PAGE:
Tuesday, November 18, 2008

The G-20 Washout

The G-20 Washout

By Mike Whitney

Go To Original

As expected, the G-20 Economic Summit in Washington turned out to be a total bust. None of the problems which have pushed the global economy to the brink of disaster were resolved and none of the main players who gamed the system with their toxic securities were held accountable. Instead, the visiting dignitaries gorged themselves on stuffed quail and roast rack of lamb before settling on a toothless "Statement on Financial Markets" which accomplished absolutely nothing. The one noteworthy clause in the entire document is a two paragraph indictment of the United States as the perpetrator of the financial crisis. At least they got that right.

From the text:

"Root Causes of the Current Crisis: During a period of strong global growth, growing capital flows, and prolonged stability earlier this decade, market participants sought higher yields without an adequate appreciation of the risks and failed to exercise proper due diligence. At the same time, weak underwriting standards, unsound risk management practices, increasingly complex and opaque financial products, and consequent excessive leverage combined to create vulnerabilities in the system. Policy-makers, regulators and supervisors, in some advanced countries, did not adequately appreciate and address the risks building up in financial markets, keep pace with financial innovation, or take into account the systemic ramifications of domestic regulatory actions.

Major underlying factors to the current situation were, among others, inconsistent and insufficiently coordinated macroeconomic policies, inadequate structural reforms, which led to unsustainable global macroeconomic outcomes. These developments, together, contributed to excesses and ultimately resulted in severe market disruption."


Bingo. The contagion started on Wall Street and that's where the responsibility lies. It was the result of the Fed's reckless low interest rates and lack of government oversight. This allowed market participants to create massive amounts of leverage via speculative bets on under-capitalized debt-instruments. The resulting collapse in value of all asset-classes across the spectrum has created a gigantic multi-trillion dollar capital hole in the global financial system which has precipitated violent swings in the stock markets, tightening credit, currency dislocations, soaring unemployment and deflation. Almost all of todays economic woes can be traced back to legislation that was promoted by key members of the Clinton and Bush administrations. (Many of who will now serve in the Obama White House) The G 20s statement puts the blame squarely where it belongs; on the Federal Reserve and Wall Street.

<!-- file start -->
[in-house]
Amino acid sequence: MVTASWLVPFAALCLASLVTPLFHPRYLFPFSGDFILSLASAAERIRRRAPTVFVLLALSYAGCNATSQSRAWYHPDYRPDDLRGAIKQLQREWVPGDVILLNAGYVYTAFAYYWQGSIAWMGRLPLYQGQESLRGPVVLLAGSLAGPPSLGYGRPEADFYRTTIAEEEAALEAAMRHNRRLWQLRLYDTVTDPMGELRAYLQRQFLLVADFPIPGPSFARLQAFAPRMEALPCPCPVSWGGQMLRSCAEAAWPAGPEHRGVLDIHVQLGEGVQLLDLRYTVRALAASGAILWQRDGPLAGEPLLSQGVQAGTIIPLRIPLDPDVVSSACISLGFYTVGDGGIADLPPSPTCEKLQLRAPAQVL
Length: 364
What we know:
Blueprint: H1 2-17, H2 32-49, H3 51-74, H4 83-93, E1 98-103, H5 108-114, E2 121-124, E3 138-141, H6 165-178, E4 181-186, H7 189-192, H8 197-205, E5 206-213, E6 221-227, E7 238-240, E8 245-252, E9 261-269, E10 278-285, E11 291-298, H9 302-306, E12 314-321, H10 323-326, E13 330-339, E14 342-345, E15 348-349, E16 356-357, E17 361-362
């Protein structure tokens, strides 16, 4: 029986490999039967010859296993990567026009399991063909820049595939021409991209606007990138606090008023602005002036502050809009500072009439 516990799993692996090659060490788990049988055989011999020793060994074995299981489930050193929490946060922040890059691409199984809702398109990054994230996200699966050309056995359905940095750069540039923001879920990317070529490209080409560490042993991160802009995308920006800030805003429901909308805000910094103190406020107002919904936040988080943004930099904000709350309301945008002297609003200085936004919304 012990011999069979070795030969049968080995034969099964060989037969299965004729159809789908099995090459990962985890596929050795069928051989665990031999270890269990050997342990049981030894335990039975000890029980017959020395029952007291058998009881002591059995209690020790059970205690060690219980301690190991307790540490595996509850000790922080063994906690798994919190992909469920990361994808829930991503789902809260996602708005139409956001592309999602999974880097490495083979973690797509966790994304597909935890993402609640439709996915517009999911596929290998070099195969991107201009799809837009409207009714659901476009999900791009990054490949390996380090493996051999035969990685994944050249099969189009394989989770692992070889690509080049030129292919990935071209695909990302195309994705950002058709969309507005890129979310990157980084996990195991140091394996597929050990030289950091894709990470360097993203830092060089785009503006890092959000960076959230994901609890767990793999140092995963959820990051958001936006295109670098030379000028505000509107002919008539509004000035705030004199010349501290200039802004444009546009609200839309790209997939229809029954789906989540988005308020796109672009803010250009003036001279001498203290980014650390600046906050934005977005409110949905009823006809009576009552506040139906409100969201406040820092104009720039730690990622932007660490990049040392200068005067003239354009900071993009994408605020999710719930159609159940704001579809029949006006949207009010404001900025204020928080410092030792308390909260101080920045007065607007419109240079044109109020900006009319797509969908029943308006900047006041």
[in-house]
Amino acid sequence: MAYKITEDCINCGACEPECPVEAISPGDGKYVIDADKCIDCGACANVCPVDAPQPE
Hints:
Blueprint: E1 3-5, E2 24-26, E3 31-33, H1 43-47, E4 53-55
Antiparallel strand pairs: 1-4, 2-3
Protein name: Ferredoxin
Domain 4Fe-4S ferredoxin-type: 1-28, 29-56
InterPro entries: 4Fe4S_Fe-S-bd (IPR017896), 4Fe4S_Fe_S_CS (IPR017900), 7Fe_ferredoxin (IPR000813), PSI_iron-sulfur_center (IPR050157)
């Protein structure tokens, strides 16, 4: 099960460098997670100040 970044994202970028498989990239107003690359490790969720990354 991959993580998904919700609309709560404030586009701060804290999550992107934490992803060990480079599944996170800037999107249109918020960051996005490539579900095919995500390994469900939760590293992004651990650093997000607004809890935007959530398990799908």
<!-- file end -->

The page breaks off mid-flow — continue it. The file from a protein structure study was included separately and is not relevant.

But this is old news. There's no point in rehashing the past unless there's a real interest in bringing the guilty parties to justice or unless the gathered leaders are serious about establishing the rules for a new economic regime. But they're not, which is why the confab was just another political gab-fest devoid of any serious reforms.

It was interesting, though, to hear Bush, in a rare, unscripted moment, acknowledge that the extreme steps taken by the Fed and US Treasury--since Bear Stearns defaulted 17 months ago--were intended to avoid what he called "a depression greater than the Great Depression." That's quite an admission for Bush, as well as a vindication of the left-wing web sites which have been making the same prediction for more than 2 years. And although Bush rejected any personal responsibility for the policies which led to the crisis, it's clear that he has some rudimentary grasp of its gravity. That's a start. As he opined to the press, "This sucker could go down".

Despite the outcry for meaningful reform, the summit only reinforces the status quo; the same old American-led financial system. In fact, there appears to be growing consensus that the IMF should spearhead the programs that provide liquidity to the developing countries that are getting pounded by the downturn. This is a major setback. It restores the IMF--which is the "iron fist" of the US Treasury-- to its former glory so it can once again use its extortionist loans to thrust faltering nations into structural adjustment, privatization and slave wages. The meetings are breathing new life into the failed neoliberal policies that should be done away with once and for all.

The G 20 statement invokes the same "pro growth", free market mumbo jumbo that permeates all far-right documents. Pro growth is code for low interest credit which allows market speculators to benefit from the steady flow of cheap capital while workers are stuck trying to make ends meet on stagnant wages and a falling dollar. It's a way of making sure that the playing field is always tilted in favor of Wall Street. Pro growth does not mean strengthening productive activity or manufacturing goods that consumers want to buy. It means expanding credit through derivatives contracts and other leveraged investments to maximize profits on borrowed money. The long-term objective is to put the financial sector above the productive sectors of the real economy. It is a blueprint for maintaining dollar hegemony and Wall Street's continued dominance over global finance.

The G 20 statement also rejects protectionism which defends the interests of labor and crucial national industries. Again, this just illustrates the blatant pro-Wall Street bias of the meetings where none of the leaders represented the interests of labor or unions. To hell with the working man.